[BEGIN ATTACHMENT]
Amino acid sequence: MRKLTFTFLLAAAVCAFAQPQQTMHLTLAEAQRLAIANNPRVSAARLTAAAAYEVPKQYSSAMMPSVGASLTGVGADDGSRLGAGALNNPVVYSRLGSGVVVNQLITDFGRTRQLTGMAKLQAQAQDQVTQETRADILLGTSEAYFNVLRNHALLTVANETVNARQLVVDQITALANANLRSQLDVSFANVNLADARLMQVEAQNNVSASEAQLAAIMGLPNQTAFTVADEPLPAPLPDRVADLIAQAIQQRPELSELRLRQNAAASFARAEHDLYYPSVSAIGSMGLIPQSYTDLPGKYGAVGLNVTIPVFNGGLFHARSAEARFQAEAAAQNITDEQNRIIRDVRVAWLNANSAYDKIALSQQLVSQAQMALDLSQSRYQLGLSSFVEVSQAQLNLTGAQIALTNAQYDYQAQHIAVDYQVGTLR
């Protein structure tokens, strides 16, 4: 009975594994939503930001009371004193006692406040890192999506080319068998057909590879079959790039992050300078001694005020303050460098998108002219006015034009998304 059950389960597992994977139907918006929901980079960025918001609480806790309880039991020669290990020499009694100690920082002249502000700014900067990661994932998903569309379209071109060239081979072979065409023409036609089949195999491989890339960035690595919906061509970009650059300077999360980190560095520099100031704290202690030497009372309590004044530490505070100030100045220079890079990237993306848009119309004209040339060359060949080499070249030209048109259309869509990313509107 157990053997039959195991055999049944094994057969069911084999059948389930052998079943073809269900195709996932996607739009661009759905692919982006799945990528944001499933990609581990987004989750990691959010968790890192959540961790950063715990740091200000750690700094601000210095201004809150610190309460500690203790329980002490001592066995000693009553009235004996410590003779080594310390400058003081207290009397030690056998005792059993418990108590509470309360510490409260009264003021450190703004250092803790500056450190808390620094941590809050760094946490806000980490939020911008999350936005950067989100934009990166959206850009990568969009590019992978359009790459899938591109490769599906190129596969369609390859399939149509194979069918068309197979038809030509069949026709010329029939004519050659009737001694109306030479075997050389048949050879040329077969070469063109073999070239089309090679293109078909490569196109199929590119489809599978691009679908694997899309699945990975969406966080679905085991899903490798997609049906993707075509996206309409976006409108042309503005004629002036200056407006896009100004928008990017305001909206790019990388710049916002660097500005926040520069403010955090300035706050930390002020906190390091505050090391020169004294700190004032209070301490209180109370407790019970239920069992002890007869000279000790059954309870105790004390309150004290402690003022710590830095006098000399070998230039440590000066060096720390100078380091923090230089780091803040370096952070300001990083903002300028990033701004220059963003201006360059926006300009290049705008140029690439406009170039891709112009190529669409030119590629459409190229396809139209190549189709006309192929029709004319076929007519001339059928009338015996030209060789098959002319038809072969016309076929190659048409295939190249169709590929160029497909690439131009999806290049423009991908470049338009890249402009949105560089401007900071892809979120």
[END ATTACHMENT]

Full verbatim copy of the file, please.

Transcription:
Amino acid sequence: MRKLTFTFLLAAAVCAFAQPQQTMHLTLAEAQRLAIANNPRVSAARLTAAAAYEVPKQYSSAMMPSVGASLTGVGADDGSRLGAGALNNPVVYSRLGSGVVVNQLITDFGRTRQLTGMAKLQAQAQDQVTQETRADILLGTSEAYFNVLRNHALLTVANETVNARQLVVDQITALANANLRSQLDVSFANVNLADARLMQVEAQNNVSASEAQLAAIMGLPNQTAFTVADEPLPAPLPDRVADLIAQAIQQRPELSELRLRQNAAASFARAEHDLYYPSVSAIGSMGLIPQSYTDLPGKYGAVGLNVTIPVFNGGLFHARSAEARFQAEAAAQNITDEQNRIIRDVRVAWLNANSAYDKIALSQQLVSQAQMALDLSQSRYQLGLSSFVEVSQAQLNLTGAQIALTNAQYDYQAQHIAVDYQVGTLR
């Protein structure tokens, strides 16, 4: 009975594994939503930001009371004193006692406040890192999506080319068998057909590879079959790039992050300078001694005020303050460098998108002219006015034009998304 059950389960597992994977139907918006929901980079960025918001609480806790309880039991020669290990020499009694100690920082002249502000700014900067990661994932998903569309379209071109060239081979072979065409023409036609089949195999491989890339960035690595919906061509970009650059300077999360980190560095520099100031704290202690030497009372309590004044530490505070100030100045220079890079990237993306848009119309004209040339060359060949080499070249030209048109259309869509990313509107 157990053997039959195991055999049944094994057969069911084999059948389930052998079943073809269900195709996932996607739009661009759905692919982006799945990528944001499933990609581990987004989750990691959010968790890192959540961790950063715990740091200000750690700094601000210095201004809150610190309460500690203790329980002490001592066995000693009553009235004996410590003779080594310390400058003081207290009397030690056998005792059993418990108590509470309360510490409260009264003021450190703004250092803790500056450190808390620094941590809050760094946490806000980490939020911008999350936005950067989100934009990166959206850009990568969009590019992978359009790459899938591109490769599906190129596969369609390859399939149509194979069918068309197979038809030509069949026709010329029939004519050659009737001694109306030479075997050389048949050879040329077969070469063109073999070239089309090679293109078909490569196109199929590119489809599978691009679908694997899309699945990975969406966080679905085991899903490798997609049906993707075509996206309409976006409108042309503005004629002036200056407006896009100004928008990017305001909206790019990388710049916002660097500005926040520069403010955090300035706050930390002020906190390091505050090391020169004294700190004032209070301490209180109370407790019970239920069992002890007869000279000790059954309870105790004390309150004290402690003022710590830095006098000399070998230039440590000066060096720390100078380091923090230089780091803040370096952070300001990083903002300028990033701004220059963003201006360059926006300009290049705008140029690439406009170039891709112009190529669409030119590629459409190229396809139209190549189709006309192929029709004319076929007519001339059928009338015996030209060789098959002319038809072969016309076929190659048409295939190249169709590929160029497909690439131009999806290049423009991908470049338009890249402009949105560089401007900071892809979120």